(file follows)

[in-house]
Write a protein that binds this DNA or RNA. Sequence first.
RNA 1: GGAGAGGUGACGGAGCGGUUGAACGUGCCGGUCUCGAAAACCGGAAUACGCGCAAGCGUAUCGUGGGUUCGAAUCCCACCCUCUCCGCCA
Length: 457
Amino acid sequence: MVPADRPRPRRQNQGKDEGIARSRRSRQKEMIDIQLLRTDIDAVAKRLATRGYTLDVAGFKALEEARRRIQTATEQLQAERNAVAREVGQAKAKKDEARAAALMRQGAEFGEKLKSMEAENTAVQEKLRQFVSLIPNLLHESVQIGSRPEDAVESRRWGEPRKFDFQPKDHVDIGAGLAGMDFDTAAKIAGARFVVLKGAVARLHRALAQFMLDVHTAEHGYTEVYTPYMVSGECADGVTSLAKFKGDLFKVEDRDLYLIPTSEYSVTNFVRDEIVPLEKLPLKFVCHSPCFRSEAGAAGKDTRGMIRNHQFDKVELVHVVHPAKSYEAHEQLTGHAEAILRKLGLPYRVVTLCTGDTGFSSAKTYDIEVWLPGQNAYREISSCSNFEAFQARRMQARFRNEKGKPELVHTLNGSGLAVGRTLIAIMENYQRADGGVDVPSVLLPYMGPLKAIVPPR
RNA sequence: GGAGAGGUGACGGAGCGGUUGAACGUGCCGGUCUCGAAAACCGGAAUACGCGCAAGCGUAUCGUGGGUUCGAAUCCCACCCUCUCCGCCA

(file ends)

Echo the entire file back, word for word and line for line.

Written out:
[in-house]
Write a protein that binds this DNA or RNA. Sequence first.
RNA 1: GGAGAGGUGACGGAGCGGUUGAACGUGCCGGUCUCGAAAACCGGAAUACGCGCAAGCGUAUCGUGGGUUCGAAUCCCACCCUCUCCGCCA
Length: 457
Amino acid sequence: MVPADRPRPRRQNQGKDEGIARSRRSRQKEMIDIQLLRTDIDAVAKRLATRGYTLDVAGFKALEEARRRIQTATEQLQAERNAVAREVGQAKAKKDEARAAALMRQGAEFGEKLKSMEAENTAVQEKLRQFVSLIPNLLHESVQIGSRPEDAVESRRWGEPRKFDFQPKDHVDIGAGLAGMDFDTAAKIAGARFVVLKGAVARLHRALAQFMLDVHTAEHGYTEVYTPYMVSGECADGVTSLAKFKGDLFKVEDRDLYLIPTSEYSVTNFVRDEIVPLEKLPLKFVCHSPCFRSEAGAAGKDTRGMIRNHQFDKVELVHVVHPAKSYEAHEQLTGHAEAILRKLGLPYRVVTLCTGDTGFSSAKTYDIEVWLPGQNAYREISSCSNFEAFQARRMQARFRNEKGKPELVHTLNGSGLAVGRTLIAIMENYQRADGGVDVPSVLLPYMGPLKAIVPPR
RNA sequence: GGAGAGGUGACGGAGCGGUUGAACGUGCCGGUCUCGAAAACCGGAAUACGCGCAAGCGUAUCGUGGGUUCGAAUCCCACCCUCUCCGCCA